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NGO data

Sky Island Grassland Assessment (September 2012)

Sky Island grasslands of central and southern Arizona, southern New Mexico and northern Mexico form the “grassland seas” that surround small forested mountain ranges in the borderlands. Their unique biogeographical setting and the ecological gradients associated with “Sky Island mountains” add tremendous floral and faunal diversity to these grasslands and the region as a whole. Sky Island grasslands have undergone dramatic vegetation changes over the last 130 years including encroachment by shrubs, loss of perennial grass cover and spread of non-native species. Changes in grassland composition and structure have not occurred uniformly across the region and they are dynamic and ongoing. In 2009, The National Fish and Wildlife Foundation (NFWF) launched its Sky Island Grassland Initiative, a 10-year plan to protect and restore grasslands and embedded wetland and riparian habitats in the Sky Island region. The objective of this assessment is to identify a network of priority grassland landscapes where investment by the Foundation and others will yield the greatest returns in terms of restoring grassland health and recovering target wildlife species across the region. Download file (7 MB)

Flagstaff Climate Change Adaptation Workshop: Draft Report (April 2010)

Report on the Southwest Climate Change Initiative’s Flagstaff Climate Change Adaptation Workshop of April 2010 in Flagstaff, Arizona. 77 pp., including executive summary and appendices.

Download file (3.4 MB)

The Nature Conservancy’s Conservation Action Plan for the Gila Headwaters (October 2010)

The Nature Conservancy recently updated its Conservation Action Plan for the Gila Headwaters. This paper describes TNC's planning process. The process involves defining the project area, identifying conservation targets, assessing conservation target viability, identifying critical threats to these targets, developing and implementing strategies to abate these threats and improve target viability, and measuring strategy effectiveness.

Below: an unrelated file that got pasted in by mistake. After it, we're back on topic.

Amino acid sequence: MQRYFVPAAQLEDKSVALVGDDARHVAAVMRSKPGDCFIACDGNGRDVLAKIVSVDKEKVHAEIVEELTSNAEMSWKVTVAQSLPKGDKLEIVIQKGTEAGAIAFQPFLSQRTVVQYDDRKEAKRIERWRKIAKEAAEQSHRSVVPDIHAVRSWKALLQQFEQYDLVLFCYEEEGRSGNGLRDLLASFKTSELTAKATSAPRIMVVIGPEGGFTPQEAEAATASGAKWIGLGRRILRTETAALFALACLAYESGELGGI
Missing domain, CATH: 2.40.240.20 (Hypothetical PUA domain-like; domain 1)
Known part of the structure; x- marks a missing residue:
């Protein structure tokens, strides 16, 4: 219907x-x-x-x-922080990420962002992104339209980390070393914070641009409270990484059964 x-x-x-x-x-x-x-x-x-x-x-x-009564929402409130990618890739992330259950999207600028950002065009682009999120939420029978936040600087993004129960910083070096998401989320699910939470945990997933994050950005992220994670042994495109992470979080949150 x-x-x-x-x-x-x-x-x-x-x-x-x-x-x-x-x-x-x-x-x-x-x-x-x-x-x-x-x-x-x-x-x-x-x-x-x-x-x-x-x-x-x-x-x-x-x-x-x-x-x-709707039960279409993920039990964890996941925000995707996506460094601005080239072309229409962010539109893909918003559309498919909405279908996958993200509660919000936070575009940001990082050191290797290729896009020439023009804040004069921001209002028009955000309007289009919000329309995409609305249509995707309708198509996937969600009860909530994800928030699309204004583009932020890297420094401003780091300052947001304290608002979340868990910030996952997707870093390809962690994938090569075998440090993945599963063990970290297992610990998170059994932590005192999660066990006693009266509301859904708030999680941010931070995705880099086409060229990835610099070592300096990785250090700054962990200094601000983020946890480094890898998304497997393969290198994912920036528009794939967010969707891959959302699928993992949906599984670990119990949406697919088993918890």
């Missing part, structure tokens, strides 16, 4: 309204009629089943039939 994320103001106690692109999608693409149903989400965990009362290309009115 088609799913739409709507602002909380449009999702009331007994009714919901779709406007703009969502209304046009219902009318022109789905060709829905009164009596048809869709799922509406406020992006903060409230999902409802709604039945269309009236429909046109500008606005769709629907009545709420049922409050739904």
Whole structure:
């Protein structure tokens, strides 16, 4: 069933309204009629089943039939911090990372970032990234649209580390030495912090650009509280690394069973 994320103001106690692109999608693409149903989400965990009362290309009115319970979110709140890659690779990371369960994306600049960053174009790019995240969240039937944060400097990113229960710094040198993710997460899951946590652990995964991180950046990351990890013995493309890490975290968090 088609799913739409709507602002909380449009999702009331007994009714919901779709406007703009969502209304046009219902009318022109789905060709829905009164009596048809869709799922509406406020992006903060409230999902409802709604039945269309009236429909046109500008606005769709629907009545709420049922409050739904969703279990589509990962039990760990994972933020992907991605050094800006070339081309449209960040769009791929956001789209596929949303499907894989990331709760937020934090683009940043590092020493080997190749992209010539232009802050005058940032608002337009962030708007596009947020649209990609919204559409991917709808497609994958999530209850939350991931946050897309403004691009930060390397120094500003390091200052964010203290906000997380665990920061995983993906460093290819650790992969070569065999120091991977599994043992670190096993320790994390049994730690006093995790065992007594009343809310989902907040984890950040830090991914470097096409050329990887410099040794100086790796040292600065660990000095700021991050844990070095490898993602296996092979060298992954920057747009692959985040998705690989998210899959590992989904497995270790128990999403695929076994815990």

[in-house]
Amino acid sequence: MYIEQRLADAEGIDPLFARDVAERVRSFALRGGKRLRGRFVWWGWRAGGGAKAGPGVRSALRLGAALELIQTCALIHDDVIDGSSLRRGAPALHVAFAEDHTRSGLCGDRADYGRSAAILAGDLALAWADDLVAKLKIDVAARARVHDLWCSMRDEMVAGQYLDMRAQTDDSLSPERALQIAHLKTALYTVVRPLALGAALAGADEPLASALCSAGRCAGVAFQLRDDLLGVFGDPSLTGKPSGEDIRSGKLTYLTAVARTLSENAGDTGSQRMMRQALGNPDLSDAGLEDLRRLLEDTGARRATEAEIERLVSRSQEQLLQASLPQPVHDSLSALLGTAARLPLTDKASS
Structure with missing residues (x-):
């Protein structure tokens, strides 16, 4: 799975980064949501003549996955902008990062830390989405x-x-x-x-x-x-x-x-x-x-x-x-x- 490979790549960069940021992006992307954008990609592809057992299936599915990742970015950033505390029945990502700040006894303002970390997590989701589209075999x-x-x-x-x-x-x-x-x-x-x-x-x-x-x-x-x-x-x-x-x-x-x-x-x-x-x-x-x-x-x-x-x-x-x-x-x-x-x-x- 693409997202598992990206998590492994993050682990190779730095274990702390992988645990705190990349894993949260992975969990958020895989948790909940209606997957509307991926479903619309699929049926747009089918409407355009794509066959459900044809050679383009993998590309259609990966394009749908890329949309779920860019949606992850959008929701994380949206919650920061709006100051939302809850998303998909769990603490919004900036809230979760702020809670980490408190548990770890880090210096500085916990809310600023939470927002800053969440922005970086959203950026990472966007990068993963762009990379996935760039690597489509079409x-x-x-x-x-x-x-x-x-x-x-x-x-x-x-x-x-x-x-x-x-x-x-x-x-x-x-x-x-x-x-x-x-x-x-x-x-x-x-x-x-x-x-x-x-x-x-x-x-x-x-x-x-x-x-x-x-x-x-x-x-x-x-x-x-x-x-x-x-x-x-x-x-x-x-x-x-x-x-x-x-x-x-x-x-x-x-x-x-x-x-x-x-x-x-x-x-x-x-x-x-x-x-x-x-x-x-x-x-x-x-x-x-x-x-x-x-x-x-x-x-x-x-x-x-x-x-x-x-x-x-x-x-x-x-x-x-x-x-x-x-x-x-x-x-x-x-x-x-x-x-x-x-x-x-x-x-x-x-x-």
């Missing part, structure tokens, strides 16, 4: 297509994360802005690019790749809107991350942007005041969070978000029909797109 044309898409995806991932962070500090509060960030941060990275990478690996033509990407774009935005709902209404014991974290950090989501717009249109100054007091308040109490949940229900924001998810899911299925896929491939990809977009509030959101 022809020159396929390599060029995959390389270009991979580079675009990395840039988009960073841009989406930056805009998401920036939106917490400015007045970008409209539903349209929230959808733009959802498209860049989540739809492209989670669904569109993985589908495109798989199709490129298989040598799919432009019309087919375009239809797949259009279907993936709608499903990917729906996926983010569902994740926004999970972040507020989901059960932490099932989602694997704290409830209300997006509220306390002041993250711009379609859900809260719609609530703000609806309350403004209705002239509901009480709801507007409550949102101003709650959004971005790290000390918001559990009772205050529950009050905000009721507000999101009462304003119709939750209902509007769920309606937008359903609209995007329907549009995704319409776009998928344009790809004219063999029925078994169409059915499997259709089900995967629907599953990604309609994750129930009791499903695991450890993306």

Download file (3 MB)

Managing Changing Landscapes in the Southwestern United States (January 2011)

This regional assessment examines the impacts of temperature change from 1951-2006 on natural resources in Arizona, New Mexico, Colorado, and Utah. It documents that warming has already affected habitats, watersheds, and species in the Southwest, by influencing the timing of seasonal events or amplifying the impacts of natural disturbances such as wildfire and drought. The report concludes that to begin adapting to climate change, natural resource managers should reevaluate the effectiveness of current restoration tools, modify resource objectives, learn from climate-smart adaptive management and monitoring, and share information across boundaries.

Bear River Climate Adaptation Workshop: Participant Notebook (May 2010)

Agenda, climate change scenarios, climate change adaptation framework description, background information about climate change in the Great Basin, and other materials that were distributed in a notebook to all participants at the Bear River Climate Adaptation Workshop of May 2010.

Bear River Climate Change Adaptation Workshop Final Report and Appendices (2010)

The Nature Conservancy (TNC) convened a two-day workshop entitled Climate Change Adaptation Workshop for Natural Resource Managers in the Bear River Basin on May 26-27, 2010, in Salt Lake City, Utah. The goal of the workshop was to identify management strategies that will help native plants, animals and ecosystems adapt to a changing climate and lay the groundwork for their implementation in the Bear River Basin. Thrity-nine representatives of 20 state and federal agencies, local governments, academic institutions, and non-governmental organizations participated.

Download file (4 MB)

Flagstaff Climate Adaptation Workshop: Presentations (April 2010)

Presentations by speakers at the Flagstaff Climate Adaptation Workshop of April 2010, including Dr. Gregg Garfin (University of Arizona), Dr. Linda O. Mearns (National Center for Atmospheric Research), Dr. Seshadri Rajagopal (University of Arizona), Dr. Kenneth Cole (US Geological Survey), Dr. Kirsten E. Ironside (Northern Arizona University), Dr. Peter Fule (Northern Arizona University), Megan M. Friggins (USFS – Rocky Mtn Research Station), Dr. Joseph L. Ganey (USFS – Rocky Mtn Research Station), and Dr. Molly Cross (Wildlife Conservation Society).

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